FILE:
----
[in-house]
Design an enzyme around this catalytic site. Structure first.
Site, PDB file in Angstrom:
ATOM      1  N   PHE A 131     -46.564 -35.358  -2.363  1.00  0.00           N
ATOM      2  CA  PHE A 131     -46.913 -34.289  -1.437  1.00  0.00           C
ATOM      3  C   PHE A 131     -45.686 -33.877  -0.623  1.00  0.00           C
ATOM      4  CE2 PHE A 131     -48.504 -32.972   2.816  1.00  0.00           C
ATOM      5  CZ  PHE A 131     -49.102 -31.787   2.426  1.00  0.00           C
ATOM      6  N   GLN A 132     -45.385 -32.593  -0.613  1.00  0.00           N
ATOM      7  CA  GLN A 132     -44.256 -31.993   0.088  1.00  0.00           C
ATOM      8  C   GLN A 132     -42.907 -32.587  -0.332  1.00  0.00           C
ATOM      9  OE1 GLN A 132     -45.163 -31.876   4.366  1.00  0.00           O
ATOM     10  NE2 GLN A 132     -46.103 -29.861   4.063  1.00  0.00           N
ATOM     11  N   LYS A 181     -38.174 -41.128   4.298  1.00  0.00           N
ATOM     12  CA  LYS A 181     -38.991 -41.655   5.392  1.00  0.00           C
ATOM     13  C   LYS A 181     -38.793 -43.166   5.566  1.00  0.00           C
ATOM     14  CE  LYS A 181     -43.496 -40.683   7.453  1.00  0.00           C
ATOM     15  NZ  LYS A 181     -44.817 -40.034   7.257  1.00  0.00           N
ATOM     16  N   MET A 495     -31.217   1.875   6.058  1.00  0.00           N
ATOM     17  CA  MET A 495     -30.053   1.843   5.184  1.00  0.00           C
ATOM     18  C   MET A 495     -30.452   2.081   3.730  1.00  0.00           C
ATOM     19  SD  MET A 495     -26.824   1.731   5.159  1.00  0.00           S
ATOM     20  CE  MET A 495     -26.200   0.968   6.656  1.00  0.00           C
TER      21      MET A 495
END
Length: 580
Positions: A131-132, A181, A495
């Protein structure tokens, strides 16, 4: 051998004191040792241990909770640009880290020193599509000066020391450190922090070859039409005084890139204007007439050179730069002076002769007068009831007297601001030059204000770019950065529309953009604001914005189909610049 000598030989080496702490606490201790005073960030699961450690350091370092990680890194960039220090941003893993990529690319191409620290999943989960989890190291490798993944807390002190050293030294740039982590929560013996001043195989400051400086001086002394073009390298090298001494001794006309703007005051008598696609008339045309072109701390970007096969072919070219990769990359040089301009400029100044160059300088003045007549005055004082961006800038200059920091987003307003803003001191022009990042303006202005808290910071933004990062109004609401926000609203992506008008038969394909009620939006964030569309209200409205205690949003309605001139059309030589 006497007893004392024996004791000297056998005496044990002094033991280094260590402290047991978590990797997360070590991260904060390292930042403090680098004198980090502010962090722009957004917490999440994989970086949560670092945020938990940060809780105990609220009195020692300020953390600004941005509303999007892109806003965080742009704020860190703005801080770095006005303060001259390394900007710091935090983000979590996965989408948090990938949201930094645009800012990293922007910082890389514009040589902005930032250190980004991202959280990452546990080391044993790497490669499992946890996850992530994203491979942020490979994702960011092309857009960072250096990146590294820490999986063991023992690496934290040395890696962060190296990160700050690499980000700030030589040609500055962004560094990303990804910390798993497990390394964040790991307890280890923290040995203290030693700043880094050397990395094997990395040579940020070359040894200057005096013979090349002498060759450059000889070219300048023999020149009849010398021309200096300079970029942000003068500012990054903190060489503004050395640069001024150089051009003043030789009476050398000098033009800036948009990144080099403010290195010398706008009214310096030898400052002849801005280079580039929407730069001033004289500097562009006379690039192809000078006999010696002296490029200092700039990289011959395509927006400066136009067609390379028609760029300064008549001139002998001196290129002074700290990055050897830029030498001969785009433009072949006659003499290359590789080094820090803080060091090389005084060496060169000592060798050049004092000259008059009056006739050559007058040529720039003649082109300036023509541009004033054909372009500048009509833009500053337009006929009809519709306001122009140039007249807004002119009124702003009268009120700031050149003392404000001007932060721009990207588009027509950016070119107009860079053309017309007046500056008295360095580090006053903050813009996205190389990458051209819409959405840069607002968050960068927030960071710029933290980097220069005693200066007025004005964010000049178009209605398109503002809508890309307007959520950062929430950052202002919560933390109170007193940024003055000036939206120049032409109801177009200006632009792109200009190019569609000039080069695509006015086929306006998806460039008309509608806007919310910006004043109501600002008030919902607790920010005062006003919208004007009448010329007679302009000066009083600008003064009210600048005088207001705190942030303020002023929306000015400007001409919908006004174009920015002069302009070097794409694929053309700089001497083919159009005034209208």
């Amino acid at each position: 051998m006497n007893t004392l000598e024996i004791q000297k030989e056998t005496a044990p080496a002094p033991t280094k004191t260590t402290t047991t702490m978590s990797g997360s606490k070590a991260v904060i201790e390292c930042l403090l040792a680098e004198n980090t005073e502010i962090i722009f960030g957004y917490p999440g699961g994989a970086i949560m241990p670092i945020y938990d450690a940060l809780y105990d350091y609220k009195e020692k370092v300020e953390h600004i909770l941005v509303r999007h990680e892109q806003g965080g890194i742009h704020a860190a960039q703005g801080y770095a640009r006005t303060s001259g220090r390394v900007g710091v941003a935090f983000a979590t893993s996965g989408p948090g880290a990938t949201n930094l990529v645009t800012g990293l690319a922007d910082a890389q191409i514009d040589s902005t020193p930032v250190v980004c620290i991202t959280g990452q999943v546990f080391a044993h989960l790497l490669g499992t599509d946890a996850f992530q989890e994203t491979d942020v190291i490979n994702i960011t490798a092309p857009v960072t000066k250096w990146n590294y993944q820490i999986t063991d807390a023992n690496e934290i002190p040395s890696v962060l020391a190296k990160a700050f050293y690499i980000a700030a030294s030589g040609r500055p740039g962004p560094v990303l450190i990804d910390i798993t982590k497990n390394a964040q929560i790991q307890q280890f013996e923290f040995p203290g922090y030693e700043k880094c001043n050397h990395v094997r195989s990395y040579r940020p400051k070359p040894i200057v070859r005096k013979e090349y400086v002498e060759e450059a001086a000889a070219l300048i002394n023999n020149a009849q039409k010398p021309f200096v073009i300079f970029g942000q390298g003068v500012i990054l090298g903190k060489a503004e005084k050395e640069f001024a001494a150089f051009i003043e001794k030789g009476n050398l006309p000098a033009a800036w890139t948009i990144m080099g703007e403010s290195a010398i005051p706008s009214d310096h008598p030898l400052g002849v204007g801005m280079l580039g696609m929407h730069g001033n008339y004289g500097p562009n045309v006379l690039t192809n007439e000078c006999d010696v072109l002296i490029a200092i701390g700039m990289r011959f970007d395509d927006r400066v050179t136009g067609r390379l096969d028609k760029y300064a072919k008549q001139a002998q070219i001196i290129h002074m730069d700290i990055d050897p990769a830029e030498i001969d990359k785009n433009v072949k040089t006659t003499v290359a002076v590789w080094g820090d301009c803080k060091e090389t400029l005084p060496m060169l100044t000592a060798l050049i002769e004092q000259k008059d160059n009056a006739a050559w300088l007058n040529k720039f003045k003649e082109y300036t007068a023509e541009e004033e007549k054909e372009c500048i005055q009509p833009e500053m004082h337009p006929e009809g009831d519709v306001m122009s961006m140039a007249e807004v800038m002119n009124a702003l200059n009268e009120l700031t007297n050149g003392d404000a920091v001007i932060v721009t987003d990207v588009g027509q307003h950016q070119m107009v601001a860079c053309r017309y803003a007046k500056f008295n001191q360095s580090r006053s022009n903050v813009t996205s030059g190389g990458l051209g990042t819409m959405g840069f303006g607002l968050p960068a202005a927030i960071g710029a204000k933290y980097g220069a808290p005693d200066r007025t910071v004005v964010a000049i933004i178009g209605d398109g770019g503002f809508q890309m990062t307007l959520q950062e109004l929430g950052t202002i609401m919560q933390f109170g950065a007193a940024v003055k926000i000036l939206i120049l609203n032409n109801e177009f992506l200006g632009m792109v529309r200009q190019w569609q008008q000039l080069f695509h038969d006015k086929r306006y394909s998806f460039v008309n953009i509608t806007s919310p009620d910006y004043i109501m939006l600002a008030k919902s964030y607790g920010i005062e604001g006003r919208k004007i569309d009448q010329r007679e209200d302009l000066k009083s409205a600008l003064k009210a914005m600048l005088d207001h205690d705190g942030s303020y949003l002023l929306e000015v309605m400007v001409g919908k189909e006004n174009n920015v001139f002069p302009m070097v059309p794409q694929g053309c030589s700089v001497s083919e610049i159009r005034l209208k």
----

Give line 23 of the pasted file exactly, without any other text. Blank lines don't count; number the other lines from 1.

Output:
ATOM     20  CE  MET A 495     -26.200   0.968   6.656  1.00  0.00           C